Some interesting things to watch out for in the hours ahead — including the trend of Catholic voters: 

Trump’s coalition won in all three major categories of white Christians in 2016 — white evangelicals, white Catholics and white mainline Protestants — and secured the largest level of support from white Catholics (60%) of any candidate in at least two decades.

But Trump’s favorability ratings among white Catholics — which have sizable populations in Rust Belt swing states — has fluctuated throughout his presidencyMore recent polls have pegged Trump’s support with the group below his 2016 numbers at around 52%, while Biden, a white Catholic who has repeatedly invoked his faith on the campaign trail, gained ground.

Trump’s support with white mainliners is harder to assess, as different polling outfits use different categories. But Pew Research recently reported that “white not-evangelical Protestants” have become less approving of Trump’s job performance over time, dropping from 60% in February 2017 to 53% in August 2020.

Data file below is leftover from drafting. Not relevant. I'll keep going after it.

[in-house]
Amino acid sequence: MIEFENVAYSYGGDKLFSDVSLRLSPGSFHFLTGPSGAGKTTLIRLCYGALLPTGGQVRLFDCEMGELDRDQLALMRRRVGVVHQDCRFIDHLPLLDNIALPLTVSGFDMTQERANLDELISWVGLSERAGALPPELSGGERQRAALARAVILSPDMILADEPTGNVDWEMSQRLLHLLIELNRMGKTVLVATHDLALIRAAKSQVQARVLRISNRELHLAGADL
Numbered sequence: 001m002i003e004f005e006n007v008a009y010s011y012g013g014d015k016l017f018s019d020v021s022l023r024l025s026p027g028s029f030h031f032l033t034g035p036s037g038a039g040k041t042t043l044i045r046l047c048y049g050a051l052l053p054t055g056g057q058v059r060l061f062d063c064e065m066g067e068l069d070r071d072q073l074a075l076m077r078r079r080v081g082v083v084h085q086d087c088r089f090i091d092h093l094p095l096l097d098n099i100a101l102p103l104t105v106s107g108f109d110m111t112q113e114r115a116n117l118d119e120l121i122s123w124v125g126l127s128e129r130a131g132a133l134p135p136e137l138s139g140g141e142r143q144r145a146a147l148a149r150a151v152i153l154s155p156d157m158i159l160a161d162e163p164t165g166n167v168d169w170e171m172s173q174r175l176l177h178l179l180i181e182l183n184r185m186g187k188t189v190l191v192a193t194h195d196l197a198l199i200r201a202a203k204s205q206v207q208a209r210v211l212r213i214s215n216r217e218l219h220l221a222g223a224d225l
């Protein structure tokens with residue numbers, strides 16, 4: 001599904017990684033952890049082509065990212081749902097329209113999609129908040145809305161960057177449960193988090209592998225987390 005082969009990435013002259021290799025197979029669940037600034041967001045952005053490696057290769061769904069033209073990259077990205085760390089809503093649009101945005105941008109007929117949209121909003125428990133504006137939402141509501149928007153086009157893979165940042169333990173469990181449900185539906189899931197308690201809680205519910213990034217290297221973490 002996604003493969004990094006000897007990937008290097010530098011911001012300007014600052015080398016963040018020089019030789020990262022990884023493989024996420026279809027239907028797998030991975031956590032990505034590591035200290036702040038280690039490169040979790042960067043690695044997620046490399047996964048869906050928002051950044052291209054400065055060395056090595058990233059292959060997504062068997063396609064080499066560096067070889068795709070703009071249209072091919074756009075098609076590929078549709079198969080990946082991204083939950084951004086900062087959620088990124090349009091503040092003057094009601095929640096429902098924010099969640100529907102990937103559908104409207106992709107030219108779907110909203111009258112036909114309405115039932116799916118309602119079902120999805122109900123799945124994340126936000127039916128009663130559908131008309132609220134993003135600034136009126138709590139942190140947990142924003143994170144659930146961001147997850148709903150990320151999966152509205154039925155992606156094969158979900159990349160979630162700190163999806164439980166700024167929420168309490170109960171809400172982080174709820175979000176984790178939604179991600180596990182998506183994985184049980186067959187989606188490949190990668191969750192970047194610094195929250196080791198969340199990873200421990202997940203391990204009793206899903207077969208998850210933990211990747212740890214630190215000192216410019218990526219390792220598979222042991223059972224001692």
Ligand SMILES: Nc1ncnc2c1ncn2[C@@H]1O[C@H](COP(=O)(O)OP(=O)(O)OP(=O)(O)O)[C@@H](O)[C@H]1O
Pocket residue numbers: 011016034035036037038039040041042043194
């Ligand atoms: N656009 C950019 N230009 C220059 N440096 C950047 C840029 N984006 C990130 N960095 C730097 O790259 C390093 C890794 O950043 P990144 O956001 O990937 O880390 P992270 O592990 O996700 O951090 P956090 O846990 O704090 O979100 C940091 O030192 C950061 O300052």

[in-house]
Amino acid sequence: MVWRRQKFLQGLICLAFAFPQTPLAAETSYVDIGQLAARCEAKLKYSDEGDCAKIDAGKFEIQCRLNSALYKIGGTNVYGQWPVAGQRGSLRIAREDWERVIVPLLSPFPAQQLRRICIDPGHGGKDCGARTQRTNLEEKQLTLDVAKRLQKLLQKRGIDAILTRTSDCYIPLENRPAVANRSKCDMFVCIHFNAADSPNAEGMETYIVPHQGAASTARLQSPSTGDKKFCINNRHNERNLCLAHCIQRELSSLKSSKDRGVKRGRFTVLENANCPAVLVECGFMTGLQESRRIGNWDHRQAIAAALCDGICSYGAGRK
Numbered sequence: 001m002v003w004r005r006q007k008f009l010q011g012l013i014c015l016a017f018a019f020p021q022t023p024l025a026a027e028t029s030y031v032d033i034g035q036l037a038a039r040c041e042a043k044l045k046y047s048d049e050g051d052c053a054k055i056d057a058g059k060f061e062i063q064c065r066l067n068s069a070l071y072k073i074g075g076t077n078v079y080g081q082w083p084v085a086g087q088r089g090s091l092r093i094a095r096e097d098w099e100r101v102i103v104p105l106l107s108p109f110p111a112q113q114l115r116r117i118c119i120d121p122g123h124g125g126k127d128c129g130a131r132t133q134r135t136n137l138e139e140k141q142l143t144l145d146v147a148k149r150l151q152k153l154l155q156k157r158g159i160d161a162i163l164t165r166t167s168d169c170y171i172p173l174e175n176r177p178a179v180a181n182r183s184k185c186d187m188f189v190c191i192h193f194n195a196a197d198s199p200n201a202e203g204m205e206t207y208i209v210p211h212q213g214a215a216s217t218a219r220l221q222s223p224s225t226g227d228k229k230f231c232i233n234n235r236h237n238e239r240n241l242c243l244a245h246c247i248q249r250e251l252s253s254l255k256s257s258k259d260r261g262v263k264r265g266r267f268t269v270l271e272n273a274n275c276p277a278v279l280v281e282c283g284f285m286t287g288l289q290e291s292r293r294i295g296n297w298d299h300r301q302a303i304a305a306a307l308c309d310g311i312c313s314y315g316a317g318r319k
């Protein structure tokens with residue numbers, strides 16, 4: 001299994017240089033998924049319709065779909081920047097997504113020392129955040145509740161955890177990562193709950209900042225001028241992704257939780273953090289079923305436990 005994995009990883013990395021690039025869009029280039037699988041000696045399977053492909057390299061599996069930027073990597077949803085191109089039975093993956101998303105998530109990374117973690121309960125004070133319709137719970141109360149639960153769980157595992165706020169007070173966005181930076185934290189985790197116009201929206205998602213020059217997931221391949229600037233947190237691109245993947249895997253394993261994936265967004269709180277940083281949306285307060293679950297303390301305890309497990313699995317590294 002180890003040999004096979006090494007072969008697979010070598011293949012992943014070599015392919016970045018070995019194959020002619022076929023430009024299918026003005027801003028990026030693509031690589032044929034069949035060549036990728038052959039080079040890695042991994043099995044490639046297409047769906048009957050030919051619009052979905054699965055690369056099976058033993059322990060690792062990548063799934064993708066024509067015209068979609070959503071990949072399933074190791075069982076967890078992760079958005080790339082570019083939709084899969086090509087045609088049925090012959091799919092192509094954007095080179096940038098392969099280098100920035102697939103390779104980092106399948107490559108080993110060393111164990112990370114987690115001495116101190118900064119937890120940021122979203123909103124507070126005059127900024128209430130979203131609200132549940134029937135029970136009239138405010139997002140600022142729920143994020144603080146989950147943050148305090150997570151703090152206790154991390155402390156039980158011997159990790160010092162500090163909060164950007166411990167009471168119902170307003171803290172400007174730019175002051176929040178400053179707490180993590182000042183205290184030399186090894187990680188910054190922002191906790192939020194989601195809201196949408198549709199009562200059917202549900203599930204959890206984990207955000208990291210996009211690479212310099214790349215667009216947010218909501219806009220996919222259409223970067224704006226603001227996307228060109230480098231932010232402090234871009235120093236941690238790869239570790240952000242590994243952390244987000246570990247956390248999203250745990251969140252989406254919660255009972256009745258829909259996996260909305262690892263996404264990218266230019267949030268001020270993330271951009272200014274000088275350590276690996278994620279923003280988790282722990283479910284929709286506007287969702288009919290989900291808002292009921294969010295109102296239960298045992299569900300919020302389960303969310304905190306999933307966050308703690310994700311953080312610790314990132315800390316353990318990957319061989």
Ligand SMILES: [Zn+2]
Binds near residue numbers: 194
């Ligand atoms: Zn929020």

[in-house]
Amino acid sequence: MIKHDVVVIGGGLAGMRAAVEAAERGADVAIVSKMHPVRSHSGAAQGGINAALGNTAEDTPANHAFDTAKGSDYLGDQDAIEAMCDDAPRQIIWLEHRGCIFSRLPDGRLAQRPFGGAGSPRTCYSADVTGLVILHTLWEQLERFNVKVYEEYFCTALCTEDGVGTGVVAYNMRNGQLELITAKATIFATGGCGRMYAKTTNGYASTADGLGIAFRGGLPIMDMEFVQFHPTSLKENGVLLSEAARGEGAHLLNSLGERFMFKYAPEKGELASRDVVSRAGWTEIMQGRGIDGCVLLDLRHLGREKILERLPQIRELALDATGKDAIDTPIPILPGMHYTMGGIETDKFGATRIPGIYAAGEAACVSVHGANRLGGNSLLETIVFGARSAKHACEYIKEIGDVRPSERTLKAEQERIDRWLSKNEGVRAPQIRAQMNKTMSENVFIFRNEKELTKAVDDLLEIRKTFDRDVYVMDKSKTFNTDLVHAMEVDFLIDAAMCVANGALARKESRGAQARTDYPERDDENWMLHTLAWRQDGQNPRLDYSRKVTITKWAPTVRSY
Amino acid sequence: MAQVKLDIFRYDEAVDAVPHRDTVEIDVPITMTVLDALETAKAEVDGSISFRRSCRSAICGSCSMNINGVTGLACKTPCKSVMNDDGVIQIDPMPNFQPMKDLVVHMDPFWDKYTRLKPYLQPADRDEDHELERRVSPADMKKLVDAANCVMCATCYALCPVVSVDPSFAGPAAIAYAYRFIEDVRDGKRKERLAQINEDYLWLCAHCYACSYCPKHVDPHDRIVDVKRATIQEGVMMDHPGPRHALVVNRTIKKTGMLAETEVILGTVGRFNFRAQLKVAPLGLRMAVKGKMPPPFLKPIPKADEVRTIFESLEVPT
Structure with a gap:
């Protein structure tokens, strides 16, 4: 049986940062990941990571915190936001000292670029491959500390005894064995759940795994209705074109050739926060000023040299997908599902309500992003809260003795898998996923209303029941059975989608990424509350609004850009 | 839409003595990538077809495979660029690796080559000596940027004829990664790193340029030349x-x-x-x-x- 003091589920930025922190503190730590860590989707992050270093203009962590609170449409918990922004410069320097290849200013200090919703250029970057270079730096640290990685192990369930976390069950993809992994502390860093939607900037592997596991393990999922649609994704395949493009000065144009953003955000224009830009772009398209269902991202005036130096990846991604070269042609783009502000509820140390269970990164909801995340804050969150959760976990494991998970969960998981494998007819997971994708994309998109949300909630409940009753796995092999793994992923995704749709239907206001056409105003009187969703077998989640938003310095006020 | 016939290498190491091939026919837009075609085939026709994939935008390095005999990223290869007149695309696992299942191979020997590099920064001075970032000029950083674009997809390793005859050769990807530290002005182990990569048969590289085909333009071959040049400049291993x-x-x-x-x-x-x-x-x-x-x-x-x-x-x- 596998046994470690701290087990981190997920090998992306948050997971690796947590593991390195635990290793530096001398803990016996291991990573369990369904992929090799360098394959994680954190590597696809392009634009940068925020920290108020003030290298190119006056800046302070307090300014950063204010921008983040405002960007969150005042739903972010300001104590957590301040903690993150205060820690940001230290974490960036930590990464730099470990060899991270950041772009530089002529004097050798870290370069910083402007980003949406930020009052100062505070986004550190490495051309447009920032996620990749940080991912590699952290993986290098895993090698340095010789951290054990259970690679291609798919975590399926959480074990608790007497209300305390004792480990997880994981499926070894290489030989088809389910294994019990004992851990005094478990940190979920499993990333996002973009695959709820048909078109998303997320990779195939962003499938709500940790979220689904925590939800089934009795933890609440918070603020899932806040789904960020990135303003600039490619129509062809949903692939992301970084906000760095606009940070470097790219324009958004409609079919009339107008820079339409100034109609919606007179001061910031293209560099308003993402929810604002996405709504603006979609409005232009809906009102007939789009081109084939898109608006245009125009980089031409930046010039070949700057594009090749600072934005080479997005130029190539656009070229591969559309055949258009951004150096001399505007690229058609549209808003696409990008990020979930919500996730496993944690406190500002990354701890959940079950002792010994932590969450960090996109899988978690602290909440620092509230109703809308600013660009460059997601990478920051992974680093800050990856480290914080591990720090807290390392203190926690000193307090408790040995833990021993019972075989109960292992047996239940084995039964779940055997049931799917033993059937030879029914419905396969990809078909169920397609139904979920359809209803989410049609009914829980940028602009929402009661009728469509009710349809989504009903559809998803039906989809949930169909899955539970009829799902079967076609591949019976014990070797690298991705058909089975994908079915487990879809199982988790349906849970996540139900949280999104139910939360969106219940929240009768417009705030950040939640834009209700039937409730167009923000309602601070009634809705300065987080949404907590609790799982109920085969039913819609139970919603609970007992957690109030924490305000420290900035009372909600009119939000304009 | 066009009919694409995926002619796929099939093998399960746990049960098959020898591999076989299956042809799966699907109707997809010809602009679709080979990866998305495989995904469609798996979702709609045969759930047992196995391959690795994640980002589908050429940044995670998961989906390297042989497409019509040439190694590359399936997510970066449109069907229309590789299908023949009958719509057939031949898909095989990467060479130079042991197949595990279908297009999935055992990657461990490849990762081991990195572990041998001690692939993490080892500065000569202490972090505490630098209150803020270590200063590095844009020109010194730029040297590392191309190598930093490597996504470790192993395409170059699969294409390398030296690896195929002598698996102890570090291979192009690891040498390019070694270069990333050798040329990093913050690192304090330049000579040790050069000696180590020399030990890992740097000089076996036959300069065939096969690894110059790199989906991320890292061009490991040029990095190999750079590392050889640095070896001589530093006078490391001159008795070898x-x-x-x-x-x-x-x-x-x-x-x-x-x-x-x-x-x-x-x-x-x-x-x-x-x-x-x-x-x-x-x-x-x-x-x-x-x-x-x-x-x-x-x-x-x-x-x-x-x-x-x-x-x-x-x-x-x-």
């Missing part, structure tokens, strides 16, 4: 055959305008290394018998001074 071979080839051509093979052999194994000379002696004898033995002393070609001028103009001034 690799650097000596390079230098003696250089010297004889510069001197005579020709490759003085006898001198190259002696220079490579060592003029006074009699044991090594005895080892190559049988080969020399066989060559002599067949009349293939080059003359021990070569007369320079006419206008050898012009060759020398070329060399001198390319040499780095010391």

The shifts may seem small, but given Trump’s narrow margins of victory in Michigan, Wisconsin and Pennsylvania in 2016, a small shift could make a big difference.

Trump has surprised many analysts by increasing his support among Hispanic and Latino voters, a trend that extends to Hispanic Catholics: Fewer than a quarter of Latino Catholics voted for Trump in 2016, but Pew reported in August that one-third may back him this year. The shift appears to be at least partly due to Trump’s moves against abortion rights, particularly in the form of conservative judges appointed to the Supreme Court.

Meanwhile, Trump has made a point to reach out to a smaller but potentially impactful community: Hispanic evangelicals. The growing group is more split politically than Hispanics overall and has a presence in swing states such as Florida and Arizona. Trump launched his “Evangelicals for Trump” initiative earlier this year in a mostly Spanish-speaking Florida megachurch.

If Trump can hold on to his gains with Hispanic Latino Catholics and inspire turnout among Hispanic evangelicals, it may be enough to push him over the top in key states.

Read more. 

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